465 F2d 489 Bank of California National Association v. Twin Harbors Lumber Co

465 F.2d 489

TWIN HARBORS LUMBER CO., Defendant-Appellant.

No. 71-1365.

United States Court of Appeals,

Ninth Circuit.

Aug. 25, 1972.

Kevin J. Dunne, (argued), John S. Howell, of Sedgwick, Detert, Moran & Arnold, San Francisco, Cal., for defendant-appellant.

Clayton O. Rost (argued), Palo Alto, Cal., for plaintiff-appellee.

Before MERRILL, KOELSCH and DUNIWAY, Circuit Judges.

DUNIWAY, Circuit Judge:

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We granted permission to appeal in this case under 28 U.S.C. Sec. 1292(b) to decide the following question posed by the District Court in its order made pursuant to that section:


"[W]hether or not the plaintiffs, separate property owners in a recreational land development, subject to a prior sale of the logging rights, have such a common and undivided interest in each other's claims against the present holder of those logging rights so that such claims may be aggregated in order to satisfy the $10,000 jurisdictional requirement of 28 U.S.C. Sec. 1332."


The question posed, however, is not presented in this case. There are no such "plaintiffs"; there is but one plaintiff, appellee Bank of California National Association. It is the trustee of an express trust, under which it holds legal title to a large tract of land in Northern California, known as Deerfield Ranch, for the benefit of three named parties. As to the first two, the Bank holds title as security for the payment to them of certain moneys owing to them, payment to be made from portions of the proceeds of sales of parcels of the property, or, if these be insufficient, from moneys to be paid by the third beneficiary, a partnership. As to the first two beneficiaries, the Bank is, in substance, the trustee with power of sale, under a trust deed type of mortgage.


The third beneficiary, the partnership, has, subject to the rights of the first two beneficiaries, the entire beneficial interest in the property. The Bank holds title for its benefit while the property is being subdivided and sold. When lots are sold, the sale is usually under a contract whereby the Bank retains title until the purchaser pays the price in full, at which point the Bank is to execute and deliver a deed to the purchaser, and the trust terminates as to the parcel conveyed. If the purchaser defaults, his rights are forfeited. Thus the Bank acts as a trustee and as a holder of a security interest for the partnership.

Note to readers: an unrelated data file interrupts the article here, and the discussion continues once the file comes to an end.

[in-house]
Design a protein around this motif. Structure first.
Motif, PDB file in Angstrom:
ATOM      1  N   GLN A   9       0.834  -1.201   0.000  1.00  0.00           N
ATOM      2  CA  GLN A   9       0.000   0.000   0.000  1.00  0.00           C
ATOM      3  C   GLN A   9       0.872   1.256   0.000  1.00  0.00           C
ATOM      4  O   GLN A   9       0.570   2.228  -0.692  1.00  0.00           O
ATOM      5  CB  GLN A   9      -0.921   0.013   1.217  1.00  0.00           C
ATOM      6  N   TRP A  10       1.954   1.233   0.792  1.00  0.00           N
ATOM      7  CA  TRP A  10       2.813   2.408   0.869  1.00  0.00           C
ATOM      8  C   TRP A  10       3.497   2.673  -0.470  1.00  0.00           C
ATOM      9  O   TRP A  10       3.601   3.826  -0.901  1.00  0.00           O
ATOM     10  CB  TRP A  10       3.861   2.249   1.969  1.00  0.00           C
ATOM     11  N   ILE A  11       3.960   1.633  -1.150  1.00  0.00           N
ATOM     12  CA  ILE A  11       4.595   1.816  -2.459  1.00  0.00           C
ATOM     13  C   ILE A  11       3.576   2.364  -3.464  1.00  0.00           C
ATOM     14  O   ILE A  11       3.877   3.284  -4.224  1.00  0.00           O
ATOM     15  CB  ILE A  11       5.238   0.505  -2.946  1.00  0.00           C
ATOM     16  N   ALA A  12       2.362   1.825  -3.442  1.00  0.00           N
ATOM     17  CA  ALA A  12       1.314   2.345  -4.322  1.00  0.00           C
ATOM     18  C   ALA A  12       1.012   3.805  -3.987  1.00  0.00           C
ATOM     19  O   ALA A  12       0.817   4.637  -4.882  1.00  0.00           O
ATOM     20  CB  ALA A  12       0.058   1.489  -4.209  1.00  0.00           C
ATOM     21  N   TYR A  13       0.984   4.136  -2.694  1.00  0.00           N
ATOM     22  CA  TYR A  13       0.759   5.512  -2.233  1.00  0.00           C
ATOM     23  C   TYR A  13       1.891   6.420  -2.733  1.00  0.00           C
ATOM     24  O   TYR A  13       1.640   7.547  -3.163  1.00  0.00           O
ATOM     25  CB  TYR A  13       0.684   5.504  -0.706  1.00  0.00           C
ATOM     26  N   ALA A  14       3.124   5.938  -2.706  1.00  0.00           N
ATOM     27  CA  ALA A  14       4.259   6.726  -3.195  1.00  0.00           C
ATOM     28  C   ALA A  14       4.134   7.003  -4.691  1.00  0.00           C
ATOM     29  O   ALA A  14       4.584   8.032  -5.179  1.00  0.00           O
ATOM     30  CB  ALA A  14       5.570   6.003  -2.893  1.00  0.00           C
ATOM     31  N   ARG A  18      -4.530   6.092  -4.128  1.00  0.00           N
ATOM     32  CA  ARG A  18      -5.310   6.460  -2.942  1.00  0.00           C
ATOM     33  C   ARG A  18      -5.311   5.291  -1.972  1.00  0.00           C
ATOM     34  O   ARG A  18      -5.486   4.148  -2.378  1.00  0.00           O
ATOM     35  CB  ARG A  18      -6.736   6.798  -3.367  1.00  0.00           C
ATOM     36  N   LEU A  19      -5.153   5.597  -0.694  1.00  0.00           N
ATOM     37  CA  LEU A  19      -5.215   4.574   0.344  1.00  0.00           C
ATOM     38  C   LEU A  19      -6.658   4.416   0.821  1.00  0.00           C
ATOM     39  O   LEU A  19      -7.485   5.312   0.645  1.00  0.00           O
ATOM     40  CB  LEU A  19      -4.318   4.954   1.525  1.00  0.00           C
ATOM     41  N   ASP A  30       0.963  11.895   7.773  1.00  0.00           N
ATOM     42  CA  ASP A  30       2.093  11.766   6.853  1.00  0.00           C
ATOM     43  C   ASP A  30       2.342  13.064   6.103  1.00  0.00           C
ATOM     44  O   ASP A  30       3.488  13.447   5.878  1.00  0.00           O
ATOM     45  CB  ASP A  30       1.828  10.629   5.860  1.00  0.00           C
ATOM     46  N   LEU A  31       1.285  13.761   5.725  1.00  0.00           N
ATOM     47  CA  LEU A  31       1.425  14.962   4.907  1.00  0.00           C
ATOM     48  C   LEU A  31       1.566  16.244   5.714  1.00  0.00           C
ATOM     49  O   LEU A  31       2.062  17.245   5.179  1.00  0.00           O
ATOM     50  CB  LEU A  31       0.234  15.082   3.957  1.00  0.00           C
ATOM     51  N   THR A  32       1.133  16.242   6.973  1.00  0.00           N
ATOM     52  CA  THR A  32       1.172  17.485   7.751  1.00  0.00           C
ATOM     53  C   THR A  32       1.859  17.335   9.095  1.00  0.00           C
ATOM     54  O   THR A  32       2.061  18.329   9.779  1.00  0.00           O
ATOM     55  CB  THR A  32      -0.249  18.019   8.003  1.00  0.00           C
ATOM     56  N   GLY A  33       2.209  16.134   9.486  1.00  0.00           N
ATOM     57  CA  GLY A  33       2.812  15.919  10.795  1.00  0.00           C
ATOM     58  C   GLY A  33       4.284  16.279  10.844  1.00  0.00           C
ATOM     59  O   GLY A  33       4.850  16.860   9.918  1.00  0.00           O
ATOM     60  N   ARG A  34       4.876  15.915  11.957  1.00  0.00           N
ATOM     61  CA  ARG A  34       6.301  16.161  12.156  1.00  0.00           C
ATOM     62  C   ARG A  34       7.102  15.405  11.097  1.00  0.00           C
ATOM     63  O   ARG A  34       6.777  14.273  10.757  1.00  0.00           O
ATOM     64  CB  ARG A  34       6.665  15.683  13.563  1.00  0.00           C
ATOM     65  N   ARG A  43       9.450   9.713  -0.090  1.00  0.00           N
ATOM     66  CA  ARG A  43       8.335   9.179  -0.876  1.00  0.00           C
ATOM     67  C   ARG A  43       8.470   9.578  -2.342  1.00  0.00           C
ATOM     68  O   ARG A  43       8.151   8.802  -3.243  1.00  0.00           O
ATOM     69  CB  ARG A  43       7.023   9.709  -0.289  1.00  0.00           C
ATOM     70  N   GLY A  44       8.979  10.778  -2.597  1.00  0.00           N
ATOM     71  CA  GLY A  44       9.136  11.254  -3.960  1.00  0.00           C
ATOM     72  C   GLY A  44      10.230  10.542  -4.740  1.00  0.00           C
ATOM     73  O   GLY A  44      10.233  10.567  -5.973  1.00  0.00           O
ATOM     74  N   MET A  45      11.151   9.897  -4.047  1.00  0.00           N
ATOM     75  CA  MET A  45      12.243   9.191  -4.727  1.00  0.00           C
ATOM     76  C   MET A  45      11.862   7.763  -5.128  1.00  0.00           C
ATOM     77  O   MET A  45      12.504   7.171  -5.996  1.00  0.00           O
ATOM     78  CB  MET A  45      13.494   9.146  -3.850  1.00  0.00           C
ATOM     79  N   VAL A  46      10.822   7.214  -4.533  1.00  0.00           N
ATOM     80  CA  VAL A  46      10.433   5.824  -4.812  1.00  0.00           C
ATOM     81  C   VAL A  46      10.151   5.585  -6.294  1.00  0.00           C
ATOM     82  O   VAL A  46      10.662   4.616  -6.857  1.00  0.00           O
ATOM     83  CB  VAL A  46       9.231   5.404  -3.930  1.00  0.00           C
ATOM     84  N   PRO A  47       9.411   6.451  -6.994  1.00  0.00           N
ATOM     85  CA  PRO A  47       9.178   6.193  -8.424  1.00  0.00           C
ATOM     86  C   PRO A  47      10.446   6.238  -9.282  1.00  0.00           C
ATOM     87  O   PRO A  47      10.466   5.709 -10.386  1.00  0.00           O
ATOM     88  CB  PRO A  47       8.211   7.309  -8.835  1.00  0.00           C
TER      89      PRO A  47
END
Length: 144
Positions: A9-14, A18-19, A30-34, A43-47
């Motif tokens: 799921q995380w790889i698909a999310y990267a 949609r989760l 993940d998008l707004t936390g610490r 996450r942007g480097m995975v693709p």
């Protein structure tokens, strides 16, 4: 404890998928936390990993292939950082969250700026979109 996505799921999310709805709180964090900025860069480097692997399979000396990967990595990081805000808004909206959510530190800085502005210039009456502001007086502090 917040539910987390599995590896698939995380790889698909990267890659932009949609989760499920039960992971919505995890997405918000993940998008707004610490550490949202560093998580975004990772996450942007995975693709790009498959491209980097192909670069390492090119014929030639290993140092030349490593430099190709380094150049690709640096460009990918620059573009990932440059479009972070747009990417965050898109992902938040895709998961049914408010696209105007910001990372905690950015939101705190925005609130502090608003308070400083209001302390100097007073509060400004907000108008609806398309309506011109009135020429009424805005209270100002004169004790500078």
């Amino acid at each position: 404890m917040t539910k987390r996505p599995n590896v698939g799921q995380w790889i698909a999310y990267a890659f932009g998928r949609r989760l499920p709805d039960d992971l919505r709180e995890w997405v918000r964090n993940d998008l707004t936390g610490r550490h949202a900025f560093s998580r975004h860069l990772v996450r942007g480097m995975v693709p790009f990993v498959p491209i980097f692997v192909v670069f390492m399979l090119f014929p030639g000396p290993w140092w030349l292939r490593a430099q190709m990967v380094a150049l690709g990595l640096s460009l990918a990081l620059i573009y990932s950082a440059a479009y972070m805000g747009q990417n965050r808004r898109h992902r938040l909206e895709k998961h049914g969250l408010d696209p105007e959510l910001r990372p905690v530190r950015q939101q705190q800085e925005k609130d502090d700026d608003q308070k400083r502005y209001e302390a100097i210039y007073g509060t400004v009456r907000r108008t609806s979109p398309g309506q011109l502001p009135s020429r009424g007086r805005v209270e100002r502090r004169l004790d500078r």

The title to most of the tract is subject to the rights of the defendant appellant Twin Harbors Lumber Co. under a contract whereby it acquired rights to the timber on most of the tract, and to log it. That contract expires at the end of 1974.


After the trust was created, Deerfield Ranch was subdivided into 288 parcels. When this action was filed, most of the parcels had been sold to some 550 purchasers under contracts of the type described above. Twelve parcels had been paid for in full, and those purchasers had received their deeds. Approximately 43 parcels, covering 1,910 acres, had been neither conveyed to nor contracted for by purchasers. The Bank still held legal title to the whole ranch, except for parcels that had been conveyed to buyers. All purchasers' rights are expressly made subject to the rights of Twin Harbors.


The amended complaint pleads three claims, of which we need consider only one. The first and principal claim alleges several bases for recovery. Primarily, it is alleged that before the ranch was damaged by the activities of Twin Harbors, it had a value of $4,500,000, that each of the subdivision parcels had a value in excess of $10,000, and that the unsold parcels had a value of $800,000. It then alleges that Twin Harbors, by numerous unlawful and improper logging practices, has damaged the ranch, as a whole, by more than $2,000,000.